- Twitter @canaldepanama
The Panama Canal Authority (ACP) reported an incident that occurred this Friday with a ship that hit part of a wall in the Agua Clara locks on the extended waterway Atlantic side, without interrupting the transit of ships through the interoceanic strip.
The Canal authority wrote on Twitter that the incident occurred today at 6:24 pm local time (23.24 GMT) "was caused by the blow of a ship passing from the middle chamber to the lower chamber" of the locks.
"This incident was reported and attended to by regular channels and the operation was not interrupted, as the vessel continued its transit and is already in the Caribbean Sea towards its next port," explained the ACP.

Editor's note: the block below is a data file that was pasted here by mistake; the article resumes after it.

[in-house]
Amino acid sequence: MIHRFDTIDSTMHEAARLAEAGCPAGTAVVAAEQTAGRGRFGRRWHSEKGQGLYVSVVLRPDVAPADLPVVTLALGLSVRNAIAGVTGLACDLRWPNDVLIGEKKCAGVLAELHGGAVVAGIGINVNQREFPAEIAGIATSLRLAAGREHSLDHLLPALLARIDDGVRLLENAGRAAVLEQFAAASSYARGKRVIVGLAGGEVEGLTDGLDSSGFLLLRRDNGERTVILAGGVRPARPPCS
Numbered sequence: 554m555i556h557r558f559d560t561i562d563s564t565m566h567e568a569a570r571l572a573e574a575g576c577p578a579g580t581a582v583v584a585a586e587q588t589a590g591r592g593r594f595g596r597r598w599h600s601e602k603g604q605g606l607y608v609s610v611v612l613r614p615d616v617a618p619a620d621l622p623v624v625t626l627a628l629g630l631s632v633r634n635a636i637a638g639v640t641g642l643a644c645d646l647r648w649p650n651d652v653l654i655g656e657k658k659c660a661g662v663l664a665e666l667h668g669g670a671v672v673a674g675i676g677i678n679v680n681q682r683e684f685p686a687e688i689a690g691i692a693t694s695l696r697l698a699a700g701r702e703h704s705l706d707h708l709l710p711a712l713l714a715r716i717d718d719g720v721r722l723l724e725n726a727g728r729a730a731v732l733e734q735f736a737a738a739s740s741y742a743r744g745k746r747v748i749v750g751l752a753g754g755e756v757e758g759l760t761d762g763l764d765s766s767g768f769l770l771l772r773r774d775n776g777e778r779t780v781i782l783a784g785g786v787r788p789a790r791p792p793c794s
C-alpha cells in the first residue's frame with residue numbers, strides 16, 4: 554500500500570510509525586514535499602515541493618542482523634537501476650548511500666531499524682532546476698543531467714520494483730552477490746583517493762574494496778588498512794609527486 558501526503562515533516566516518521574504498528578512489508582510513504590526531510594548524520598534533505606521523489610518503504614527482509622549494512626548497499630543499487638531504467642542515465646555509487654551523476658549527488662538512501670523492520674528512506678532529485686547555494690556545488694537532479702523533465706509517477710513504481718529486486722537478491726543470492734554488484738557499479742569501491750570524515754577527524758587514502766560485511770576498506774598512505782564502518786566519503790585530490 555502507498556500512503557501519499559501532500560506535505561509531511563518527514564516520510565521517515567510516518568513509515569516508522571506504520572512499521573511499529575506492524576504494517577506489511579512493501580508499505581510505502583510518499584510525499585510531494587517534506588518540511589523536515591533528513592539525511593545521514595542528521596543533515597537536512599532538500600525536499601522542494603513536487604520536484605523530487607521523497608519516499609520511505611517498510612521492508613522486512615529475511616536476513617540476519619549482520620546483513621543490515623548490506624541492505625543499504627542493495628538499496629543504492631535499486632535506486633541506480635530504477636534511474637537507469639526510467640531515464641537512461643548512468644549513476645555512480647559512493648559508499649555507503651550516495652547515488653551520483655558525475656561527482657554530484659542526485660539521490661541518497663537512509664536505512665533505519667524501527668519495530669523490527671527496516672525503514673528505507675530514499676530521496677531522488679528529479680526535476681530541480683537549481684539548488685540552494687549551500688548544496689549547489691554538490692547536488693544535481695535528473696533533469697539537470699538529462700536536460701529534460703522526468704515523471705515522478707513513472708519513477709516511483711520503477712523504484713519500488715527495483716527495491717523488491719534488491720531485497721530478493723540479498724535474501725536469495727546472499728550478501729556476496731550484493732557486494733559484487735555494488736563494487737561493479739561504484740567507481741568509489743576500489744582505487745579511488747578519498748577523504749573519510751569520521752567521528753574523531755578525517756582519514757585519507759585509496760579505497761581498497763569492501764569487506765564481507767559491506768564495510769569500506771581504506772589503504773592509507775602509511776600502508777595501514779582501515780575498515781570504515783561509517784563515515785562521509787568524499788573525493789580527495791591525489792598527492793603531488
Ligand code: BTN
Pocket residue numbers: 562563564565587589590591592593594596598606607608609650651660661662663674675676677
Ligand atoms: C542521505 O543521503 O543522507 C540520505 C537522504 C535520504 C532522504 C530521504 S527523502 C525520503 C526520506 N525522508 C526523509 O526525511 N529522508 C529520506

It added that "the affectation of the wall is being repaired at this moment and the transit of ships through the Canal is normal".
The Canal, through which 6 percent of world trade passes, joins more than 140 maritime routes and 1,700 ports in 160 different countries.
It put into operation in June 2016 its first expansion, a mega operation with a cost of at least 5,600 million dollars, consisting of a new lane to make way for the Neopanamax, ships with up to triple the load capacity of those passing through the operational locks since 1914.
The United States, which built the route at the beginning of the last century and managed it until December 31, 1999, is the first user of the canal, followed by China.
Container transport continues to be the main business of the water route, but the new locks have allowed the canal to open to other products, such as liquefied natural gas (LNG) or large cruise ships, which did not fit into the old complex.